Donald Trump at a rally Saturday in Manheim, Pa. (John Locher/Associated Press)

THE LATEST flap over Donald Trump’s taxes shifted focus from an even more dangerous theme that he returned to over the weekend.

Don’t misunderstand: The tax issue is no small matter. The New York Times discovered that Mr. Trump claimed such a large business loss in 1995 — more than $900 million — that he may have avoided paying federal income tax for as long as 18 years. His reliable lickspittles, former New York City mayor Rudy Giuliani and New Jersey Gov. Chris Christie, promptly proclaimed the enormous loss and possible nonpayment of taxes evidence of Mr. Trump’s business genius.

In which case, as Post columnist Ruth Marcus asked, why not release the tax returns and let us admire his genius in full?

In fact, the new details reveal a massive business failure and, if he then did not pay taxes, the exploitation of a tax-code provision that takes no special talent to uncover. Meanwhile, the public still has had only a glimpse of the GOP nominee’s tax history. For decades presidential candidates have released their tax forms. Mr. Trump hides behind the excuse that his returns are under audit. In fact, the only thing stopping him from releasing recent or historical tax returns is whatever he does not want the public to see. Or, as the case is now, whatever else he does not want the public to see.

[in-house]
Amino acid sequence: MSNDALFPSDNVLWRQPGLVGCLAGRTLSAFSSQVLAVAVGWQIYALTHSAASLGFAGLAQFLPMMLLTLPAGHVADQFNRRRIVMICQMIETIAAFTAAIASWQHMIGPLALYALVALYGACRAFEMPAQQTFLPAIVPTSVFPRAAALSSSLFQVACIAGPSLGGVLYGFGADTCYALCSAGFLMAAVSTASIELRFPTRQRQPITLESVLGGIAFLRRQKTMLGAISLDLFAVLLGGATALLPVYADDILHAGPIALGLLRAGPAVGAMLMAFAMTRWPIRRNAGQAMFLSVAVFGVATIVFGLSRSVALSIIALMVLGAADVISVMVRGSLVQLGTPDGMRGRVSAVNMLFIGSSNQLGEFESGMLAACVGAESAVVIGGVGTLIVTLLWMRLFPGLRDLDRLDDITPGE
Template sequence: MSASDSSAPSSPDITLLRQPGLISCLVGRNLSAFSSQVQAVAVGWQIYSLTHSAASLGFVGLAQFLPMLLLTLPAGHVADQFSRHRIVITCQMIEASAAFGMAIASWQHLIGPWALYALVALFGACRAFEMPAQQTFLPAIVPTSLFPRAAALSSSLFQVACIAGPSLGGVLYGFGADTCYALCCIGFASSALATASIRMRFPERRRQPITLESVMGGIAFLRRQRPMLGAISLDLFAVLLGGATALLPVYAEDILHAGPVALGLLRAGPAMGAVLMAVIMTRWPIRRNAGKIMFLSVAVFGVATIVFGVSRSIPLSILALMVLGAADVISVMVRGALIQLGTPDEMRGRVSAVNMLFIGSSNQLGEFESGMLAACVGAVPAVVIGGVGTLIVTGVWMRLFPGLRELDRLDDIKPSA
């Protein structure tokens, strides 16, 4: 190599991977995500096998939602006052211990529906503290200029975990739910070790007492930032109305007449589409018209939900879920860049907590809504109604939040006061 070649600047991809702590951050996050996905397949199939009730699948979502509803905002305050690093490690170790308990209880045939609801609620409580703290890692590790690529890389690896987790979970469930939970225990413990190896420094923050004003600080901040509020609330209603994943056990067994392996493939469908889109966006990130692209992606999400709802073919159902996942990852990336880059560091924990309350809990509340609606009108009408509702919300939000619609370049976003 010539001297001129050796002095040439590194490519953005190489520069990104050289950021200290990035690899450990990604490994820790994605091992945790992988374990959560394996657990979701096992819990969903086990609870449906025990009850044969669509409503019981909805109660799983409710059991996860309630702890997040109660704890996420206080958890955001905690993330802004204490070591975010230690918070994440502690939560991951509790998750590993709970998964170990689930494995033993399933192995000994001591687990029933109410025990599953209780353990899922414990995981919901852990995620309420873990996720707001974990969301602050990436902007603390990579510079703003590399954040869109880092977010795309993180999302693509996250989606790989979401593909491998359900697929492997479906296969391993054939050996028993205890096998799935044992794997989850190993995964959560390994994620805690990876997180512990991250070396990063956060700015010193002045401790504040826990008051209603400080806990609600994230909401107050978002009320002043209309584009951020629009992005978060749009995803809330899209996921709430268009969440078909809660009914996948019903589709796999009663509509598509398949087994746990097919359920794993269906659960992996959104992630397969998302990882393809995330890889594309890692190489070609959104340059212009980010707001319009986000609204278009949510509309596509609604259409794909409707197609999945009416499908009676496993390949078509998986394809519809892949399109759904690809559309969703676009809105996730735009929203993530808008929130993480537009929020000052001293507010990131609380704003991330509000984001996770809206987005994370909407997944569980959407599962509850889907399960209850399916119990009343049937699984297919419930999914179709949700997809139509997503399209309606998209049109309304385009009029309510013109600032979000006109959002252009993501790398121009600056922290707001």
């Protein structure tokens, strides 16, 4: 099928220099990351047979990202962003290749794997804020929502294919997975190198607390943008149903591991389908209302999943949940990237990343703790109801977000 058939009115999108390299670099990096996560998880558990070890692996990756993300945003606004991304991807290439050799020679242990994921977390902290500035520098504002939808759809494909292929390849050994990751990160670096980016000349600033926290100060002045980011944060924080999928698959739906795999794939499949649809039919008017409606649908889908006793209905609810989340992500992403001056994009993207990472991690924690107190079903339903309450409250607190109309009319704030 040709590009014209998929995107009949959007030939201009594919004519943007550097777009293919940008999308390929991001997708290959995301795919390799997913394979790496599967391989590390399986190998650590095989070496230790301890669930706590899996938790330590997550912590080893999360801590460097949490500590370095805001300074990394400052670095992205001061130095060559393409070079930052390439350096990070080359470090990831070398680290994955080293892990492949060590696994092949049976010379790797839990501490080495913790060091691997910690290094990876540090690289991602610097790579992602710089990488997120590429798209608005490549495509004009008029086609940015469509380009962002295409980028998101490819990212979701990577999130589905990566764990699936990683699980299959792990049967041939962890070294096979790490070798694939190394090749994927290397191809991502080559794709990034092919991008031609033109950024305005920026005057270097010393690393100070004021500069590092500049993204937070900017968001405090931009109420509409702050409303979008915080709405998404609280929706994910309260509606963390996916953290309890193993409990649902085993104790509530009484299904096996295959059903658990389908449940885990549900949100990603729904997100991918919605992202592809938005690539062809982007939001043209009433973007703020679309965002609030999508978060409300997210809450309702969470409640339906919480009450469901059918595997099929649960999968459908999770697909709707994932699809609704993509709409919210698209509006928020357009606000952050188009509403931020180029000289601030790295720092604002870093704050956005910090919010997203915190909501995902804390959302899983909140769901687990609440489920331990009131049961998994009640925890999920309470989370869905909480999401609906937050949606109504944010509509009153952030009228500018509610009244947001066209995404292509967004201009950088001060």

But even more alarming than the contempt he shows toward voters by not releasing his taxes is the contempt he is showing — and cultivating among his supporters — for American democracy.

The tax code allows real estate developers or managers to use special tax breaks and benefits that the rest of us can’t. Here’s how that works. (Daron Taylor/The Washington Post)

On Saturday, Mr. Trump told a Pennsylvania crowd to “watch” the voters in “certain areas” because “I hear too many bad stories, and we can’t lose an election because of you know what I’m talking about.” It is not a dog whistle when everyone in the country knows exactly what he means: that African Americans commit fraud to win elections. “So, go and vote and then go check out areas,” he said. “Because a lot of bad things happen, and we don’t want to lose for that reason.”

These words represent a direct incitement of his supporters to show up in minority communities on Election Day armed with conspiracy theories and hostile attitudes — and who knows what else. They come on top of Mr. Trump’s backtracking on his pledge, given during the first debate, to accept the results of next month’s presidential election. “We’re going to have to see,” he says now. He is encouraging intimidation of black voters, an odious tradition in U.S. history, and laying the groundwork to question the legitimacy of Hillary Clinton’s victory if she wins. This line of provocation is dangerous — literally so.